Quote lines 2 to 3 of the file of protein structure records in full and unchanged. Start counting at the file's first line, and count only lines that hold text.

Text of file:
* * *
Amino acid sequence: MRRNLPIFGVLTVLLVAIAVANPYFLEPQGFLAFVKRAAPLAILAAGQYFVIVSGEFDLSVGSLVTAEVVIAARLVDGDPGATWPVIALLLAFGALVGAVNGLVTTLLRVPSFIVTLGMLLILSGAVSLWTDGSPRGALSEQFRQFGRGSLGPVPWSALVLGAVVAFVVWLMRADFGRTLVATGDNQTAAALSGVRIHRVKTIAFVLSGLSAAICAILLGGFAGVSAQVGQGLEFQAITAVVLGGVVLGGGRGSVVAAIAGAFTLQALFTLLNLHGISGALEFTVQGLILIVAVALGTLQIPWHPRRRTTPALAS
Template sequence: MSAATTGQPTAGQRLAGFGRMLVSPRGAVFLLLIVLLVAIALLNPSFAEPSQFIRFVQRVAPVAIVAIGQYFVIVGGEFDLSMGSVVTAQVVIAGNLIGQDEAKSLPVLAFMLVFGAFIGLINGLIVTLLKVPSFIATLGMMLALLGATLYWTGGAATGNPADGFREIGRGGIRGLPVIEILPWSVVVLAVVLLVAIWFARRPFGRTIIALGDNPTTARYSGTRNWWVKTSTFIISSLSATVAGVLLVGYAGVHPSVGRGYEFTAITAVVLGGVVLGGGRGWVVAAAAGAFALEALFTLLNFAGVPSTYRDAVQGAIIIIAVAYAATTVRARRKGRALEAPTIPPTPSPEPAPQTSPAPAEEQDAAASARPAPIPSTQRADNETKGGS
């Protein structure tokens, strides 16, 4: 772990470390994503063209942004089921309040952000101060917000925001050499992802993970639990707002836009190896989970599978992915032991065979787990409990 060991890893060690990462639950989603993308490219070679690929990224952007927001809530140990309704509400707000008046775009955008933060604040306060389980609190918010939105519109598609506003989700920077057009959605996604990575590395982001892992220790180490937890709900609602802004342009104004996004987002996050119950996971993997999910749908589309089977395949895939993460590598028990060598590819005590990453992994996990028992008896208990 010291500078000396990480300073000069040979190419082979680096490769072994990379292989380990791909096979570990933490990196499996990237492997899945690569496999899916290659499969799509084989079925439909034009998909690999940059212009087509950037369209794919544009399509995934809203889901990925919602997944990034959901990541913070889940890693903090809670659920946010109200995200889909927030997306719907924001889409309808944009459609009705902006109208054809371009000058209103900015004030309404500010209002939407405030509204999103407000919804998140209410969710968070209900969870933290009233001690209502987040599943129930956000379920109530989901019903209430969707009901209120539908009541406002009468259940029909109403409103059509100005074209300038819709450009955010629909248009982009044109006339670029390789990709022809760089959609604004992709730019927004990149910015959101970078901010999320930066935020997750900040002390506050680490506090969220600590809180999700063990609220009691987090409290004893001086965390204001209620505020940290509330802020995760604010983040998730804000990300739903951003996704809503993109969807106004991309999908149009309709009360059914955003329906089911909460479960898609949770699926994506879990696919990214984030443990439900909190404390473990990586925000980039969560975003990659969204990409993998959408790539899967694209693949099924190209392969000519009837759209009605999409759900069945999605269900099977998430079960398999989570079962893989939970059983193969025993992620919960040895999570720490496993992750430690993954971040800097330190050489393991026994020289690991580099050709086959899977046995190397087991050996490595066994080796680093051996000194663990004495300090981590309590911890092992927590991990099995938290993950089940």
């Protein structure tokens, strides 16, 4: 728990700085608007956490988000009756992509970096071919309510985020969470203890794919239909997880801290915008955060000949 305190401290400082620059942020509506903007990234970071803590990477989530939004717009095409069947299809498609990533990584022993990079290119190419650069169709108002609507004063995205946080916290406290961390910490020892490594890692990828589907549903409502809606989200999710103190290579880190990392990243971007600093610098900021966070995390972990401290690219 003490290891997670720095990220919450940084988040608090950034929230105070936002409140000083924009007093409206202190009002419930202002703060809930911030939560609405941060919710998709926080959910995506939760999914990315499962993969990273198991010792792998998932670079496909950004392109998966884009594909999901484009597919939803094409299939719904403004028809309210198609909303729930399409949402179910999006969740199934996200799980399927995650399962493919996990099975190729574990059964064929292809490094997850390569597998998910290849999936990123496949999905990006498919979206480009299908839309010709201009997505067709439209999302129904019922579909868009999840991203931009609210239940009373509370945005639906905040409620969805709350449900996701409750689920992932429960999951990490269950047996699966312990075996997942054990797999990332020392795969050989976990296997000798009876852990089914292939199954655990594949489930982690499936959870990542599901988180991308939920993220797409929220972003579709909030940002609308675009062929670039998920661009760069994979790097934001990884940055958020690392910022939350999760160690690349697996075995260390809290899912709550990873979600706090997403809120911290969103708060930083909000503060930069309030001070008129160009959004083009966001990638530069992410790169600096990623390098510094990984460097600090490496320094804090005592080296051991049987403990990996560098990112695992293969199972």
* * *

Template sequence: MSAATTGQPTAGQRLAGFGRMLVSPRGAVFLLLIVLLVAIALLNPSFAEPSQFIRFVQRVAPVAIVAIGQYFVIVGGEFDLSMGSVVTAQVVIAGNLIGQDEAKSLPVLAFMLVFGAFIGLINGLIVTLLKVPSFIATLGMMLALLGATLYWTGGAATGNPADGFREIGRGGIRGLPVIEILPWSVVVLAVVLLVAIWFARRPFGRTIIALGDNPTTARYSGTRNWWVKTSTFIISSLSATVAGVLLVGYAGVHPSVGRGYEFTAITAVVLGGVVLGGGRGWVVAAAAGAFALEALFTLLNFAGVPSTYRDAVQGAIIIIAVAYAATTVRARRKGRALEAPTIPPTPSPEPAPQTSPAPAEEQDAAASARPAPIPSTQRADNETKGGS
């Protein structure tokens, strides 16, 4: 772990470390994503063209942004089921309040952000101060917000925001050499992802993970639990707002836009190896989970599978992915032991065979787990409990 060991890893060690990462639950989603993308490219070679690929990224952007927001809530140990309704509400707000008046775009955008933060604040306060389980609190918010939105519109598609506003989700920077057009959605996604990575590395982001892992220790180490937890709900609602802004342009104004996004987002996050119950996971993997999910749908589309089977395949895939993460590598028990060598590819005590990453992994996990028992008896208990 010291500078000396990480300073000069040979190419082979680096490769072994990379292989380990791909096979570990933490990196499996990237492997899945690569496999899916290659499969799509084989079925439909034009998909690999940059212009087509950037369209794919544009399509995934809203889901990925919602997944990034959901990541913070889940890693903090809670659920946010109200995200889909927030997306719907924001889409309808944009459609009705902006109208054809371009000058209103900015004030309404500010209002939407405030509204999103407000919804998140209410969710968070209900969870933290009233001690209502987040599943129930956000379920109530989901019903209430969707009901209120539908009541406002009468259940029909109403409103059509100005074209300038819709450009955010629909248009982009044109006339670029390789990709022809760089959609604004992709730019927004990149910015959101970078901010999320930066935020997750900040002390506050680490506090969220600590809180999700063990609220009691987090409290004893001086965390204001209620505020940290509330802020995760604010983040998730804000990300739903951003996704809503993109969807106004991309999908149009309709009360059914955003329906089911909460479960898609949770699926994506879990696919990214984030443990439900909190404390473990990586925000980039969560975003990659969204990409993998959408790539899967694209693949099924190209392969000519009837759209009605999409759900069945999605269900099977998430079960398999989570079962893989939970059983193969025993992620919960040895999570720490496993992750430690993954971040800097330190050489393991026994020289690991580099050709086959899977046995190397087991050996490595066994080796680093051996000194663990004495300090981590309590911890092992927590991990099995938290993950089940």